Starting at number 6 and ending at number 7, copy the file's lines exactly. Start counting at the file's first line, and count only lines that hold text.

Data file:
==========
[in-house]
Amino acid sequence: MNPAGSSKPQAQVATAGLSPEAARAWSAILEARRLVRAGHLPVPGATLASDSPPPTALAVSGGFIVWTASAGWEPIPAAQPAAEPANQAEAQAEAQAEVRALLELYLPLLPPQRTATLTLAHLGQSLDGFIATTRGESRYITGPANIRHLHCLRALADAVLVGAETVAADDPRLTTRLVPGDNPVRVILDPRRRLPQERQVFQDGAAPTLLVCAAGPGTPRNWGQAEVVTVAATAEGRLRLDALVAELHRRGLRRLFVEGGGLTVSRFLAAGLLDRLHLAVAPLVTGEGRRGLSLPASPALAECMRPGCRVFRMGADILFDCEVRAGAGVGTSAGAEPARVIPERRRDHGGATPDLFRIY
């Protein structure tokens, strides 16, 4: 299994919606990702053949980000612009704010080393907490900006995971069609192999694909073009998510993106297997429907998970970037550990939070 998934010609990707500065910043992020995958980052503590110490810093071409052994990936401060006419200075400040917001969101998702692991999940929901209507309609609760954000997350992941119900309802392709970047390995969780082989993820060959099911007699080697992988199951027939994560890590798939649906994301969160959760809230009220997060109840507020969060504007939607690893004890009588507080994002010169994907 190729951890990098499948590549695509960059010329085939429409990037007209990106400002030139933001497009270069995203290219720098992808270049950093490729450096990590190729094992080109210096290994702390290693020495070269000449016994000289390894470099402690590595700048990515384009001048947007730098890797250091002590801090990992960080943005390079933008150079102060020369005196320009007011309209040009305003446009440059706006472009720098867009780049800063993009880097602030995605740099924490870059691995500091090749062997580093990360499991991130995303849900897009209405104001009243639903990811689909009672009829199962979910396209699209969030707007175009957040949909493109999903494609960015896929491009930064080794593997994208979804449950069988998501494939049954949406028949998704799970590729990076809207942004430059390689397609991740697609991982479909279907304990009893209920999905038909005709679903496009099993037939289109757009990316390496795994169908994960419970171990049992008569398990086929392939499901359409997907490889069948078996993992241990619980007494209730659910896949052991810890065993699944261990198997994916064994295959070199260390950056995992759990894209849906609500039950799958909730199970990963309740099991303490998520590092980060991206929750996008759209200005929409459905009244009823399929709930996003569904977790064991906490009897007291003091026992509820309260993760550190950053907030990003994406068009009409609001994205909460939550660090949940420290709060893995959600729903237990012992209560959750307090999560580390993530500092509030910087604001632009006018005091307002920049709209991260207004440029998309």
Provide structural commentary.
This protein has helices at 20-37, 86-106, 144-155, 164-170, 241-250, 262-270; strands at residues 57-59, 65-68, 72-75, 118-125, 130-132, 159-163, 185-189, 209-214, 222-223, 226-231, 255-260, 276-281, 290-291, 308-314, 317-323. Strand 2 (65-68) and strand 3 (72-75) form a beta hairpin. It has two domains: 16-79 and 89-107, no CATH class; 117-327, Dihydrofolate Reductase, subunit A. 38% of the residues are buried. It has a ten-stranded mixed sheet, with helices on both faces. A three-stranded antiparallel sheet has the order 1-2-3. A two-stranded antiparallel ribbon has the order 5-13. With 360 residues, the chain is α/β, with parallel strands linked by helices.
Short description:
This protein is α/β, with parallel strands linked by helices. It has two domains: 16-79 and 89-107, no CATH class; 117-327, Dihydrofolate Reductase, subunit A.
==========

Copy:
Short description:
This protein is α/β, with parallel strands linked by helices. It has two domains: 16-79 and 89-107, no CATH class; 117-327, Dihydrofolate Reductase, subunit A.